I found out I was pregnant two days before flying to Japan. I’d booked a last-minute ticket to spend a week travelling through the country with my husband before he needed to be there for work; at the time it seemed smart to cram in one last international vacation before we started trying to have a baby. But it all happened quickly and there we were, making my first appointment with an obstetrician from JFK’s Terminal 1.
It turns out January is not a great time to visit Japan – it’s freezing, and all the best stuff to see is outdoors. But it’s even worse when you are newly pregnant and extremely jittery about everything.
I spent most of the trip watching longingly as my husband scarfed down one piece of glistening sashimi after another. I used up a ridiculous amount of data Googling the names of Japanese fish in an attempt to determine their mercury levels. And I spent three days lying around a mildewed resort while my husband skied Hakuba’s famous powder. I even skipped the region’s famous hot springs after reading that pregnant women were supposed to avoid jacuzzis.
It wasn’t our most fun vacation. But it was one of our most memorable: we took photos toasting with water to show our parents when we returned and broke the news. I didn’t even mind missing out on all the fun stuff. We were having a baby!
Then, a few weeks after we got home, I had a miscarriage. We learned that the baby’s heart had stopped at my 12-week scan; she had actually died nearly two weeks earlier. I was completely unprepared to deal with that kind of pain and loss, and it left me an emotional wreck for months.
Even with the best support network possible, I often felt alone in my sadness. My heart broke again every time I saw a pregnant woman on the subway, even as I reminded myself I had no idea what she’d been through to reach that point. I temporarily deleted Instagram and Facebook from my phone to avoid being bombarded by pregnancy announcements and pictures of newborn babies.
It wasn’t until weeks later, when I finally got around to uploading the Japan trip photos onto my laptop, that I remembered Jizo. I’d first learned about the Buddhist bodhisattva, the protector of children and especially of fetuses that are never born, in a New York Times essay by Angela Elson. Coincidentally, I’d read Elson’s story – titled “The Japanese Art of Grieving a Miscarriage” – on the plane to Tokyo.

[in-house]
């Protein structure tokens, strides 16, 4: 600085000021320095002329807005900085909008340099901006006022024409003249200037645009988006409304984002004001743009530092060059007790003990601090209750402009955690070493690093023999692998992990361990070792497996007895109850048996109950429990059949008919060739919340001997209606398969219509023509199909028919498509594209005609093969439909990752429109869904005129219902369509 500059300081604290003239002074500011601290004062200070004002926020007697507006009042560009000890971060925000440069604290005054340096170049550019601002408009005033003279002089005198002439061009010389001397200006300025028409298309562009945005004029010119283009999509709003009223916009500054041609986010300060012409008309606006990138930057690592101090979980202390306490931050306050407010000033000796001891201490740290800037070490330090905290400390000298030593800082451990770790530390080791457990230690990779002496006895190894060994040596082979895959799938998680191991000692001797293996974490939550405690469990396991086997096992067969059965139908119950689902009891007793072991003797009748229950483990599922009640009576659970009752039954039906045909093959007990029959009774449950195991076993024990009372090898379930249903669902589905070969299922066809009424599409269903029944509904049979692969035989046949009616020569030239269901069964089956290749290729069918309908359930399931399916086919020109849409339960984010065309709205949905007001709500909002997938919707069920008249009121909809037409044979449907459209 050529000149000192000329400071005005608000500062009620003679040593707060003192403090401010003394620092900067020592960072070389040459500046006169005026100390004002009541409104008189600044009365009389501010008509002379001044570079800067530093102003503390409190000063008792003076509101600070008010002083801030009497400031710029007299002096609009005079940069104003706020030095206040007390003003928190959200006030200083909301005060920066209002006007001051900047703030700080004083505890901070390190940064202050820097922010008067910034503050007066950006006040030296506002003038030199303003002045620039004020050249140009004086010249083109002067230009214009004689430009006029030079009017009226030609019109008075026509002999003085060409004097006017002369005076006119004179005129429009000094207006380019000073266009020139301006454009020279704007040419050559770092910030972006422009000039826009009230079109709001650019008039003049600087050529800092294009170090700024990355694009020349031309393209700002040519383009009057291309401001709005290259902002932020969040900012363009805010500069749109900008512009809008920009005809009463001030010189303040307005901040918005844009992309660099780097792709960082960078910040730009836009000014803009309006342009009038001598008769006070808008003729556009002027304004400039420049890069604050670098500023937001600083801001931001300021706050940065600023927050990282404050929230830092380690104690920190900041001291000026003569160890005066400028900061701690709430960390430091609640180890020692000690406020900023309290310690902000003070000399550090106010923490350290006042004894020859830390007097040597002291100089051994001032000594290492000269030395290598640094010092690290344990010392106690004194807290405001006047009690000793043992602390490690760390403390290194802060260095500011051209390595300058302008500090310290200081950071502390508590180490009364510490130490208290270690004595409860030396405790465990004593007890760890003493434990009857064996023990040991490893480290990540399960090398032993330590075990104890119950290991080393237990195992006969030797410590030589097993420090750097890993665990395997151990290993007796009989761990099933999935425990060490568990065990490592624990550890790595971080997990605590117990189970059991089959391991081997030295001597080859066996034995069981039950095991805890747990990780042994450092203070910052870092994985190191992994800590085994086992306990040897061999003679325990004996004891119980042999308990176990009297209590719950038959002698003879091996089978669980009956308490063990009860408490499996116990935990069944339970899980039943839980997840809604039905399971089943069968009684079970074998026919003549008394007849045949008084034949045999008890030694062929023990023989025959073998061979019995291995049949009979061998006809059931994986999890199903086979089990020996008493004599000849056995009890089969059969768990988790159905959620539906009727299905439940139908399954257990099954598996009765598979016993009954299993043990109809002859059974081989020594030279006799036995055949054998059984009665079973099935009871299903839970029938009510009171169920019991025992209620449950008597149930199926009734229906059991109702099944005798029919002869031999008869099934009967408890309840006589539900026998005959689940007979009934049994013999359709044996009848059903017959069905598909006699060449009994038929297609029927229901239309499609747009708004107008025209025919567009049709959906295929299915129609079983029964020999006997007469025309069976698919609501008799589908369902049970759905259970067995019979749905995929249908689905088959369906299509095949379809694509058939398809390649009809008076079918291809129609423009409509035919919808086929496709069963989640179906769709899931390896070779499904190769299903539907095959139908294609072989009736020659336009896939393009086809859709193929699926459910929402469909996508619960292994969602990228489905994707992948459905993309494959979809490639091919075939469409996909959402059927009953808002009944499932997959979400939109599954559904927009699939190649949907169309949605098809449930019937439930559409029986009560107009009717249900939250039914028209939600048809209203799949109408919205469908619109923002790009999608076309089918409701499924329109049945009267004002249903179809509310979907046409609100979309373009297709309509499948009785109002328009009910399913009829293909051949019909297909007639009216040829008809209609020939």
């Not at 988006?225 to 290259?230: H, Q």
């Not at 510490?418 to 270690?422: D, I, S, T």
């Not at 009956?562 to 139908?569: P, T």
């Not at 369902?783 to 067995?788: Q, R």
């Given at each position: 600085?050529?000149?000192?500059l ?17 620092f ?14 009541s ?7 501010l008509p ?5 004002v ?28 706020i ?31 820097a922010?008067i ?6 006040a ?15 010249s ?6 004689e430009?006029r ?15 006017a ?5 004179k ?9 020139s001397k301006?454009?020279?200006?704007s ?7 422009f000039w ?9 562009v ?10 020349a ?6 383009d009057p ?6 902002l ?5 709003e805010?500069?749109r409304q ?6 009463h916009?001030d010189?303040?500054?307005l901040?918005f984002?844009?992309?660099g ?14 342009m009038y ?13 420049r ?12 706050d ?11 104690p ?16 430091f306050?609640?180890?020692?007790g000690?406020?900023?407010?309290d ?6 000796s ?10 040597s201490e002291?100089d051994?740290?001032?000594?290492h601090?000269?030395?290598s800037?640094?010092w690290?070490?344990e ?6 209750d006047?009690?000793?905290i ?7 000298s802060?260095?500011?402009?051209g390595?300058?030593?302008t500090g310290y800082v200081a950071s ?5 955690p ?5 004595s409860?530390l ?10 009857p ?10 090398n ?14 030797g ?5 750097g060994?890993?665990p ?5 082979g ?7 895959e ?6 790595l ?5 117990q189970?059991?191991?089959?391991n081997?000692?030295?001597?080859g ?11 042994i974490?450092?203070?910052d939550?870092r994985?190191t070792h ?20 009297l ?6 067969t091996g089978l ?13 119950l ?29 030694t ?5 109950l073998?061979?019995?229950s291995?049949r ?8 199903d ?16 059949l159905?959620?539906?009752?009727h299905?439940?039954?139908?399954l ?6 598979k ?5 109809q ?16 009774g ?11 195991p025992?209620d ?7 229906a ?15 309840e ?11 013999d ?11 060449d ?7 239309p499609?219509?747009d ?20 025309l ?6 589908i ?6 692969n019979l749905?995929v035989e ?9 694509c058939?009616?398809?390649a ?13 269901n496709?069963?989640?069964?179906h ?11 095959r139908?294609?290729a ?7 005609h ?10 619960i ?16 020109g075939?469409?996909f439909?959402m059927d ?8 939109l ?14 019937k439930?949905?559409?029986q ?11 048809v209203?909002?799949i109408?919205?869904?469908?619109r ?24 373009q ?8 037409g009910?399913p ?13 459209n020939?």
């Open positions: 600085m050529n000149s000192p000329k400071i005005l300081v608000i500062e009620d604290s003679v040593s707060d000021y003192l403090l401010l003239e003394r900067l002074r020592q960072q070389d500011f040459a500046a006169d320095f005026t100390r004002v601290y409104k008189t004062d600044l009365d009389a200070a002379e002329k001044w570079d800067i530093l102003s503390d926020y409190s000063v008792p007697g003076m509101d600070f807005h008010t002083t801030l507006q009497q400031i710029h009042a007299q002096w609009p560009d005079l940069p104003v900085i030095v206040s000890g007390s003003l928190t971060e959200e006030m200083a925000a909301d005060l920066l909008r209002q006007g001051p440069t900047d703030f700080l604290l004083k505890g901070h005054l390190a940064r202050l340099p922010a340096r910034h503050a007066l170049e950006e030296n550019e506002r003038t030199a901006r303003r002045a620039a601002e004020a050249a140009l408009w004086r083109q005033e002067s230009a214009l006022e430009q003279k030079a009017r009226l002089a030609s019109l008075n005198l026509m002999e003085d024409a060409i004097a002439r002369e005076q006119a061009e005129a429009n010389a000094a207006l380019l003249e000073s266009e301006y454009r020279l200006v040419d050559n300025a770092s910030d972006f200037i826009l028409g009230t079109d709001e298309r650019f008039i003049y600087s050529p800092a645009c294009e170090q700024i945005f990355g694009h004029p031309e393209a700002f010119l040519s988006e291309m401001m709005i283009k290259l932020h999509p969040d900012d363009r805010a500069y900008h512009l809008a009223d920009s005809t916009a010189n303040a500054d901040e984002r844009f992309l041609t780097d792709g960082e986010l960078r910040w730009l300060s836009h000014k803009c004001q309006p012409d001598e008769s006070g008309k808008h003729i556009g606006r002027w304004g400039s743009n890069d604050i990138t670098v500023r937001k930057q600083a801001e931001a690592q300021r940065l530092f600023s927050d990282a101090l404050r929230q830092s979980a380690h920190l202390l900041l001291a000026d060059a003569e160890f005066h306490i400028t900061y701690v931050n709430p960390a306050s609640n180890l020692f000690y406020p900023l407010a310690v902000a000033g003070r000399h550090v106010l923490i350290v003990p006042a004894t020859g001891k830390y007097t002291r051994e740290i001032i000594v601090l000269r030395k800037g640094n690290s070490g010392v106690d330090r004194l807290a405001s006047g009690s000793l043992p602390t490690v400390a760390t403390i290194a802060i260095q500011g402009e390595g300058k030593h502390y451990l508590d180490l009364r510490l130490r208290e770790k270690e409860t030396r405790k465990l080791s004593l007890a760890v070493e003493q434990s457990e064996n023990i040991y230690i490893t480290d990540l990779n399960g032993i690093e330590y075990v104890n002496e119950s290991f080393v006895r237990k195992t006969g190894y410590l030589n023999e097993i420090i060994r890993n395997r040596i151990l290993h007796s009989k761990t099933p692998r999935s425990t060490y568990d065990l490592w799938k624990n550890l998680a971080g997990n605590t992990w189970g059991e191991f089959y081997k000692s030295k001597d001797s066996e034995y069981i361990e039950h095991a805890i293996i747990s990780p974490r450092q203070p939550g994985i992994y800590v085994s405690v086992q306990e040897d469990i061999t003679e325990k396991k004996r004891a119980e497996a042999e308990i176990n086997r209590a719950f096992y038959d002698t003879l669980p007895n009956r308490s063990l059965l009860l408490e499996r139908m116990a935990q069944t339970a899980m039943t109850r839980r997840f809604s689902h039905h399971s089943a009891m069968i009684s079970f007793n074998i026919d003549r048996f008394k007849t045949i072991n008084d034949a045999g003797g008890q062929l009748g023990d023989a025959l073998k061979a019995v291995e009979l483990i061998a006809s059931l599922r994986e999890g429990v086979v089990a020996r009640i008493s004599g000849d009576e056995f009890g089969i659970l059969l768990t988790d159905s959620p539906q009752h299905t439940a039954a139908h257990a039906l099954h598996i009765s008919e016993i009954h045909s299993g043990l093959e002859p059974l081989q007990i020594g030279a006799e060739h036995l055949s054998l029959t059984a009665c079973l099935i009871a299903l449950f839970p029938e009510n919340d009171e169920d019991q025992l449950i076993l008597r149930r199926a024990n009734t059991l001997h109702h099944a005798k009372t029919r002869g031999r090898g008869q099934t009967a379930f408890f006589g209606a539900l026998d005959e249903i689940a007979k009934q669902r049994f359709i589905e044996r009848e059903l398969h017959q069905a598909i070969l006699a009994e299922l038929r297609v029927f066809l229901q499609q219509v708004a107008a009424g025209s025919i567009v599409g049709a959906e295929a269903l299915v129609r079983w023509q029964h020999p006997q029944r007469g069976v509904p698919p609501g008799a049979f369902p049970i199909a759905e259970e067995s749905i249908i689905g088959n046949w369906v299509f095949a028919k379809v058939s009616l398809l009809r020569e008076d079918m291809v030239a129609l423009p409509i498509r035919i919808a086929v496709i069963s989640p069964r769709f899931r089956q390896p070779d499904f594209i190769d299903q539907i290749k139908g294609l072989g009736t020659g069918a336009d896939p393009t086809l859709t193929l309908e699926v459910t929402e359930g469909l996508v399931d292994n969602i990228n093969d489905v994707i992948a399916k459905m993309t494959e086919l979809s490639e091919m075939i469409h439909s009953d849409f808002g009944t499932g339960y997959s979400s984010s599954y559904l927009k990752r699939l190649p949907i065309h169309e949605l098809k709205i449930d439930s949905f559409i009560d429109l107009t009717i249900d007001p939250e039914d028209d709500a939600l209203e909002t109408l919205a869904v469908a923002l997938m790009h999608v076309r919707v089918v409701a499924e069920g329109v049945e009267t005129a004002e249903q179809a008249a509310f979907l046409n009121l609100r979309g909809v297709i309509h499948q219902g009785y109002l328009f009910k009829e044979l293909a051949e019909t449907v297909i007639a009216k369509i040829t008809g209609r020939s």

Elson wrote that figurines of Jizo, which honour the “souls of babies who are never born,” are ubiquitous in Japan’s Buddhist shrines. And they were – I noticed the statues, with clasped hands and often adorned in red caps, everywhere we went. I was drawn to them, snapping photos when I saw them and often giving them a quick nod, hoping the gesture would protect my own unborn child even though I don’t really believe in such things.
In western culture and even in my own religion of Judaism, there is no tangible way to acknowledge the death of someone who was never really here in the first place. There is no service or funeral ritual performed over a bloody mass of tissue or a foetus that’s been surgically removed.
But in Japan, that grief can be channeled. Parents leave toys and snacks for Jizo figurines, and visit them regularly. While pregnant in Japan, I’d thought Jizo was a neat cultural concept; mourning a lost pregnancy in the US, I was acutely aware that it was missing.
Elson mentioned she’d purchased a Jizo statue on the internet, so I scoured Etsy for one that wasn’t too big or too cheesy. For $US24 plus shipping, I soon had a 6-inch-tall Jizo of my own.
The pain of a miscarriage never really leaves you. For me, it only started to dull when I got pregnant again and made it safely past that 12-week mark. A little stone statue from Etsy can’t replace what’s been lost. But in those early days following the miscarriage, when I was desperate for an outlet, that little Jizo gave me some respite. First I kept him on our coffee table, where I could give his cool stone head a pat when I needed. Later I moved him to the mantle near our wedding photos.
These days, almost two years later, Jizo sits on a bookshelf in our bedroom, where he blends in with knickknacks we’ve collected on our travels. Most days I don’t consciously remember he’s there. But occasionally I’ll notice him, hands folded, and give him a nod, a thanks for the reminder of what we briefly had.
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